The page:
Wealth without Cost. Volume 1

White Alchemy in Economics

Barry Bracewell-Milnes

Not everything of value is the product of costly inputs; this book is about the creation of value from inputs that are both scarce and costless.
Date Published :
March 2014
Publisher :
University of Buckingham Press
No associated books available.


Economics was originally about Agriculture. Manufacturing was added in the eighteenth century, services in the nineteenth. To these three branches of economics, 'Wealth without Cost' adds the costless creation of wealth, the creation of economic value without the use of costly inputs. The costless inputs that create costless wealth are scarce but cannot be purchased; examples are loyalty, saving in perpetuity, giving, proprietary appropriation, stewardship, altruism, freedom. But they can be identified, nurtured and used to good purpose. Costless wealth creation is a neglected topic; possibly because economics is about scarcity and the assumption that whatever is scarce is costly and whatever is costless is not scarce. Wealth without Cost challenges this assumption and the thesis has important implications for policy makers and the increasing statism of the west. There is economic, political and moral value in people taking their own decisions up against the enormous cost of state control. This important book argues that costless wealth may overtake services in importance, as services have overtaken manufacturing.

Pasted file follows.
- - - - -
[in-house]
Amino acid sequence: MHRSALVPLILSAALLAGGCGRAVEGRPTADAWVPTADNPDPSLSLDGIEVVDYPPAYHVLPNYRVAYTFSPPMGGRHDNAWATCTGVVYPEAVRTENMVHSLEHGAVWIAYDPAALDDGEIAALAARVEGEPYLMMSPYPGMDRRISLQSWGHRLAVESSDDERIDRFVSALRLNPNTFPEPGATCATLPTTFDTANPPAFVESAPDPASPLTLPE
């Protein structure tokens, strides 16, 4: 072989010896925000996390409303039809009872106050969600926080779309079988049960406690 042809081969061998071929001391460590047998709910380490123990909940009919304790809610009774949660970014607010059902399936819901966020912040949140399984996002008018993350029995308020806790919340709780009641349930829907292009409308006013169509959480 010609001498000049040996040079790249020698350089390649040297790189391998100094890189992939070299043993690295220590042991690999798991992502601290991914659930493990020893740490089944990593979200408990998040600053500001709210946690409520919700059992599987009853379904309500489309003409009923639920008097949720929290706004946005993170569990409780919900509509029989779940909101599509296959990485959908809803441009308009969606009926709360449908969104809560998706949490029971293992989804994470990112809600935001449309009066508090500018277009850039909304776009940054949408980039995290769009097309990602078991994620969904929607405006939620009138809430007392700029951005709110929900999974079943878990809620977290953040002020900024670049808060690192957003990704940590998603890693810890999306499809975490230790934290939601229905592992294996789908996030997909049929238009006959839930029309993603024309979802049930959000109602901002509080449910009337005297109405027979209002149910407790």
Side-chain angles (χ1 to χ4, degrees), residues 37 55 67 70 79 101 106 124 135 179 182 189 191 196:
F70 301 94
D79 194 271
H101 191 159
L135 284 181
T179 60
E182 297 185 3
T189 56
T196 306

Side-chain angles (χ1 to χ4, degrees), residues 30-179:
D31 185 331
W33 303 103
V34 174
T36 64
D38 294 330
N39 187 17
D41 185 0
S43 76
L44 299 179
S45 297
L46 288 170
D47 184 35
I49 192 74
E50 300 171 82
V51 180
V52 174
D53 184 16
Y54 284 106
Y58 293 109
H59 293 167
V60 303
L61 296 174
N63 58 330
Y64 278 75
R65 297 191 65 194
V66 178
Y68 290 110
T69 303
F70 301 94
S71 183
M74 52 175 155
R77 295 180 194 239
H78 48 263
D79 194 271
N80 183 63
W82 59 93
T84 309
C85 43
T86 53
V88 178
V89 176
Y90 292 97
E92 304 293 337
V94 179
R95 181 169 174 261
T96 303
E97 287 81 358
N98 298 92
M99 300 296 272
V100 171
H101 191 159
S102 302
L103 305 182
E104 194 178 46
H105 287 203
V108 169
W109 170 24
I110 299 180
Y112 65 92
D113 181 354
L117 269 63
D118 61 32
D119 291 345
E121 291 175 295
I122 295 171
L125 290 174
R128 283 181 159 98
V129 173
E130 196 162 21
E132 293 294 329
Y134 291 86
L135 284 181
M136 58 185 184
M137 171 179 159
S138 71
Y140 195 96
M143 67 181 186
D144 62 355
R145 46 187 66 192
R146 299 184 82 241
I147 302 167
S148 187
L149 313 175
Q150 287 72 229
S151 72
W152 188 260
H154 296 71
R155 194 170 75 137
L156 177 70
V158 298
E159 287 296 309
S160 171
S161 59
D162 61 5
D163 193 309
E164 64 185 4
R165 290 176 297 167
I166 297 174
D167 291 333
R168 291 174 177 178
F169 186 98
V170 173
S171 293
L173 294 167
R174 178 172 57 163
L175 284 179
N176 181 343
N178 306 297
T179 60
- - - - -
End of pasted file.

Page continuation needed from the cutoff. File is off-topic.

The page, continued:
This, the first volume of a two-volume work, is a study of the economics of costless goods, which are defined as goods that create value but do not require costly inputs (such as traffic engineering, which increases the efficiency of existing assets with negligible cost). Costless inputs are scarce, create value, cannot be purchased, and, the author argues, must be nurtured by free institutions relying on the voluntary principle and eschewing coercion. The volume, which touches upon a range of issues including Christianity and the internalization of virtue as costless goods, voluntary loyalty as a creator of value, the wealth destruction of taxation, the value of stewardship, the "perverse" contradictions of egalitarianism, and the dangers to wealth creation posed by the European Union, evolves into an argument against "big government" and support for economic "freedom." The second volume brings the discussion more explicitly into relation with religion and art. Previously unavailable in the US.

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